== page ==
UnionDocs is teaming up with Change Administration as a part of OUR HAUS, a project by Vienna-based group WochenKlausur who is taking part in the Austrian Cultural Forum’s tenth anniversary exhibition. OUR HAUS focuses on contemporary positions and practices for housing and public space.
For this event, Change Administration will screen a selection of films in collaboration with UnionDocs. The screenings will be followed by a Q&A with the filmmakers and other urbanists.
Selections from Living Los Sures by the UnionDocs Collaborative Studio
Experiments in Place and Collaborative Documentary
In the late seventies and early eighties, South Williamsburg was one of the poorest neighborhoods in New York City. It was troubled by drugs and violence, full of abandoned real estate, and badly under-served. Los Sures, a documentary from 1984 by Diego Echeverria, skillfully represents the challenges of this time, while also celebrating a community that was connected, coherent and full of culture.
UnionDocs is in the midst of a project that revisits this film and creates a constellation of companion documentary works that will update, annotate, and spiral off from the original. The final result will be Living Los Sures, an interactive, multi-layer documentary that seeks not just to extract important and unusual stories from the place, but to also create new shared histories and relationships between neighbors.
Couchsurferz, Selections from a 12 part cycle (15 minutes)
by Emma Brenner-Malin, Josh Solondz, Stephanie Chang
A journey into the homes of friends and strangers, in search of significance in Williamsburg, Brooklyn. Sleeping on assorted couches, the surferz document the physical environments of their overnight stays, as well as the persons residing within them. Throughout the course of a year, the surferz explore relationships between themselves, their hosts, and the spaces they inhabit, as well as issues of representation, subjectivity, and agency in documentary filmmaking.
Whose Schools? (18 minutes)
by Claire Richard
The arrival of a charter school backed by corporations unites the gentrifying neighborhood of Williamsburg. Long time residents and new comers get together in the fight for local schools.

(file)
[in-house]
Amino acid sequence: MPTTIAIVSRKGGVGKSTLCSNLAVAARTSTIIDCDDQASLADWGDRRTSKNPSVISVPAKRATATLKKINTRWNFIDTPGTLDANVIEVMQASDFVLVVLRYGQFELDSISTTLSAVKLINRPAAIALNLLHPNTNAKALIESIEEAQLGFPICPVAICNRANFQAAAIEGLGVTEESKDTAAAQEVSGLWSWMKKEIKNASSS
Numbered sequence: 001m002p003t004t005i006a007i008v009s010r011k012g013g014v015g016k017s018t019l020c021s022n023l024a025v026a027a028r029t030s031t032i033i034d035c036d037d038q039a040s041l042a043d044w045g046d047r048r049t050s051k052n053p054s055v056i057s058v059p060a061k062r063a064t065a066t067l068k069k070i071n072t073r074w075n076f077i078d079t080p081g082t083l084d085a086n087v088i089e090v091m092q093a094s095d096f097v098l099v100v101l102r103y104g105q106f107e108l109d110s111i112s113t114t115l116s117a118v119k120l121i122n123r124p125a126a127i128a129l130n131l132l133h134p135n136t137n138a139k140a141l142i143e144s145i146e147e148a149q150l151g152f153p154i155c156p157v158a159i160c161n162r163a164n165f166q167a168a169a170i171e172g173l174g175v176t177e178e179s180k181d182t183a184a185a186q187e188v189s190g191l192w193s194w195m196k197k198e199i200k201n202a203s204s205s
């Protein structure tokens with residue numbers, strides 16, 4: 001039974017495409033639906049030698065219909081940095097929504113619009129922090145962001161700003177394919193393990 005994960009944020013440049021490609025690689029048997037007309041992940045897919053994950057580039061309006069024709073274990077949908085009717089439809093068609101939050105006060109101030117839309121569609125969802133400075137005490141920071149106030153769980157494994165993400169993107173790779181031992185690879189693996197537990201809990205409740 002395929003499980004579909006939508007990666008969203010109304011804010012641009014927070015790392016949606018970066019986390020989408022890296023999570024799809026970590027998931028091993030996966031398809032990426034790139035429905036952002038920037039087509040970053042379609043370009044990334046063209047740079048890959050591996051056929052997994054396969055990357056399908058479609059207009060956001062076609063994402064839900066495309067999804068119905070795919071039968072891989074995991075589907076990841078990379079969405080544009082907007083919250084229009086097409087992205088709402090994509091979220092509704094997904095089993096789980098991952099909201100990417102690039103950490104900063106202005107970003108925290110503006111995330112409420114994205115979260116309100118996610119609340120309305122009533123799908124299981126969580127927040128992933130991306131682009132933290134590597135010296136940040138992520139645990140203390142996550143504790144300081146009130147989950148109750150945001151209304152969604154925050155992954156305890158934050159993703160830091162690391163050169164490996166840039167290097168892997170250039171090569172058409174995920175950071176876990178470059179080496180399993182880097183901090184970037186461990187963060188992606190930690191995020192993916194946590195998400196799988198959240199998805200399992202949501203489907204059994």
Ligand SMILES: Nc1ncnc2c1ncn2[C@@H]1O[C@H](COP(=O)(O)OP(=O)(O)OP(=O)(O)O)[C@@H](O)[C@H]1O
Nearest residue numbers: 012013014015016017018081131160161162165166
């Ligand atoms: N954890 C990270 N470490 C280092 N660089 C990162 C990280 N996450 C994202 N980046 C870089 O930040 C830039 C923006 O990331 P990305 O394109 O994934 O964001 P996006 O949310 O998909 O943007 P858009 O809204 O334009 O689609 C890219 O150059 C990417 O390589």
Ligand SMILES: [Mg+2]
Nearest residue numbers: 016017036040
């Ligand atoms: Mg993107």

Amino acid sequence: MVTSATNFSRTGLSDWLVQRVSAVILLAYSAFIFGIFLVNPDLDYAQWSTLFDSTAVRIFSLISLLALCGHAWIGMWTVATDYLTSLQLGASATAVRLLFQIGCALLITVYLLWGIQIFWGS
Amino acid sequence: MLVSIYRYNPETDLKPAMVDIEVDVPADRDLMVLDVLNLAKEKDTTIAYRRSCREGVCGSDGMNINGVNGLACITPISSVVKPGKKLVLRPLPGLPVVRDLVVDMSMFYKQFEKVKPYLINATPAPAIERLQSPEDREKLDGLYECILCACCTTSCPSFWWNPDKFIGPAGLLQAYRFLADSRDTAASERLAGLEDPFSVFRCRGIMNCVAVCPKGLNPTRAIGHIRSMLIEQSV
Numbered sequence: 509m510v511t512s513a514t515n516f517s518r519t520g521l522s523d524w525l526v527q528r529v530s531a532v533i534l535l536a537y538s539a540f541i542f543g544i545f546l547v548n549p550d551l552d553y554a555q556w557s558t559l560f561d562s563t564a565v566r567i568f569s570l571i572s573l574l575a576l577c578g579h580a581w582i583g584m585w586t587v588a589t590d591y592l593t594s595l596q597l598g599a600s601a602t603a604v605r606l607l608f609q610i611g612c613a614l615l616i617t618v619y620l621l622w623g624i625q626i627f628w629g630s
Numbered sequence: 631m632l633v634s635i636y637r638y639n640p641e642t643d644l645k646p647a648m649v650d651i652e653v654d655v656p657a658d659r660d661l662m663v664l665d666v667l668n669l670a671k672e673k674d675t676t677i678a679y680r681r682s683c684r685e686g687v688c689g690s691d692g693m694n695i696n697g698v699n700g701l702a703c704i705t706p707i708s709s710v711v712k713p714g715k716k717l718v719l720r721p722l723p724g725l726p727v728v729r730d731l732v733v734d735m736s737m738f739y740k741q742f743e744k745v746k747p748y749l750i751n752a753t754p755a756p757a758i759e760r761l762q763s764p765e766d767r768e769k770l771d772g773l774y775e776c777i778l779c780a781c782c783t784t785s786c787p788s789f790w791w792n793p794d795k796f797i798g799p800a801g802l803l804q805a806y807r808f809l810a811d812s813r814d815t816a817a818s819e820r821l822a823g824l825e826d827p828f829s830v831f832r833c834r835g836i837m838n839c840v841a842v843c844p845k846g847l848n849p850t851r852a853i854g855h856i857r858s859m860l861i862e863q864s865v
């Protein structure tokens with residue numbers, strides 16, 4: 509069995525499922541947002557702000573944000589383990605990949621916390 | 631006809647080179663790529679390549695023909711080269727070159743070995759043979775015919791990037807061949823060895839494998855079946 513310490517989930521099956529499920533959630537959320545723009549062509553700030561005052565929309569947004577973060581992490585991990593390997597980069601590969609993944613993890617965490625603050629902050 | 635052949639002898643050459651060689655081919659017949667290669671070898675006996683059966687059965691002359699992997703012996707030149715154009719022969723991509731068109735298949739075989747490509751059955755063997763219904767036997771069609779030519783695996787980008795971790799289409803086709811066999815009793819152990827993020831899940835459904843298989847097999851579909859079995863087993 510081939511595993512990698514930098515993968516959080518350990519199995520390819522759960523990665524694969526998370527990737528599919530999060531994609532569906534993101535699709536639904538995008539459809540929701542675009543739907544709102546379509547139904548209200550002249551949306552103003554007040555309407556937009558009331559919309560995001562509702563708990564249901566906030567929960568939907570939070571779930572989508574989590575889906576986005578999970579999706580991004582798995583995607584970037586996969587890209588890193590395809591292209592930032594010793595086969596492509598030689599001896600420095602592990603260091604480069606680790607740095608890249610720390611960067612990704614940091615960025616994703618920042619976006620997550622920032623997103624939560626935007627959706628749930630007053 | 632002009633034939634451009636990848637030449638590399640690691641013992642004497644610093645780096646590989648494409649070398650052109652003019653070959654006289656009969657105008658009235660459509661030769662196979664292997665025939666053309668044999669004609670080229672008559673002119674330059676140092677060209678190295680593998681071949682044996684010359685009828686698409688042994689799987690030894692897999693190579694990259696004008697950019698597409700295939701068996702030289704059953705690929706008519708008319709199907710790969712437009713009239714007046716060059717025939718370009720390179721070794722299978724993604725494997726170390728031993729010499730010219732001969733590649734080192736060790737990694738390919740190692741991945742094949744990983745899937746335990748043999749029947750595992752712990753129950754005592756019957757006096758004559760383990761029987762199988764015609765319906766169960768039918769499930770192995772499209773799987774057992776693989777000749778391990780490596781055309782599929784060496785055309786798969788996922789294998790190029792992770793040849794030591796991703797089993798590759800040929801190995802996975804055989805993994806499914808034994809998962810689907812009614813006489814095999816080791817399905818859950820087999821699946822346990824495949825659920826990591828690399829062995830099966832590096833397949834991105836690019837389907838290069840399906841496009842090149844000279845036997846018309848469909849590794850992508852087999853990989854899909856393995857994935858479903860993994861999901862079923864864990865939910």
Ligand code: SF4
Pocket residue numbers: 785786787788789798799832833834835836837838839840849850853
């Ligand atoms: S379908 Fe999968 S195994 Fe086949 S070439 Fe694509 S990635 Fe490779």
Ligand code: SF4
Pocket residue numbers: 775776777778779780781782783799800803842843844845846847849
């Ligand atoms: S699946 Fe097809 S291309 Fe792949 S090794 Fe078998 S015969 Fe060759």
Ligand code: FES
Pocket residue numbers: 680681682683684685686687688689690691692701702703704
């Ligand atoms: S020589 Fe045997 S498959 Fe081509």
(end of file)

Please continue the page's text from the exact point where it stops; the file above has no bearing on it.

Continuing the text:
We got to know this neighborhood by exploring it through a series of filmed experiments and encounters in the mostly Latino and Jewish communities. The camera is considered as a compass that gives direction to a variety of inquiries. Guiding our interactions with the neighborhood, both in terms of physical space and its inhabitants, we found ourselves approaching the neighborhood as one big playground. The short sequences in this piece are the result of unexpected encounters with people, images, and local rituals. Objects were used as props to facilitate interventions with spaces and communications with people. The title, Before After, references a photography storefront sign along Lee Avenue in the heart of the Jewish neighborhood, and it reminds us that deciding when something is “over” or “finished” is easier said than “done.”
Pinned between Bushwick, Williamsburg and Bed-Stuy, the Broadway Triangle has stood as one of the most disputed spaces in New York City. It’s development into low income housing has sparked greater division between the already intensely divided communities.
Of Birds and Boundaries (22 Minutes)
by Annie Berman, Laura Mayer, Matt Yoka
A filmmaker’s search for the Williamsburg’s Eruv (a string the defines the boundaries of the Chasidic neighborhood and redefines public space as a shared private space) leads her to ‘Marty,’ an anonymous Chasid who volunteers to help with research. The result is the development of an unexpected relationship, a cross-cultural exchange between two unlikely collaborators.
Desperately Seeking Stagg Girls (18 minutes)
by Sonia Gonzalez
As she’s watching a 1980s documentary about South Williamsburg, the neighborhood she’s just moved in, a young French woman’s imagination is caught by a RIP graffiti signed by the Stagg Girls on a wall nearby her house. She then decides to track down those girls…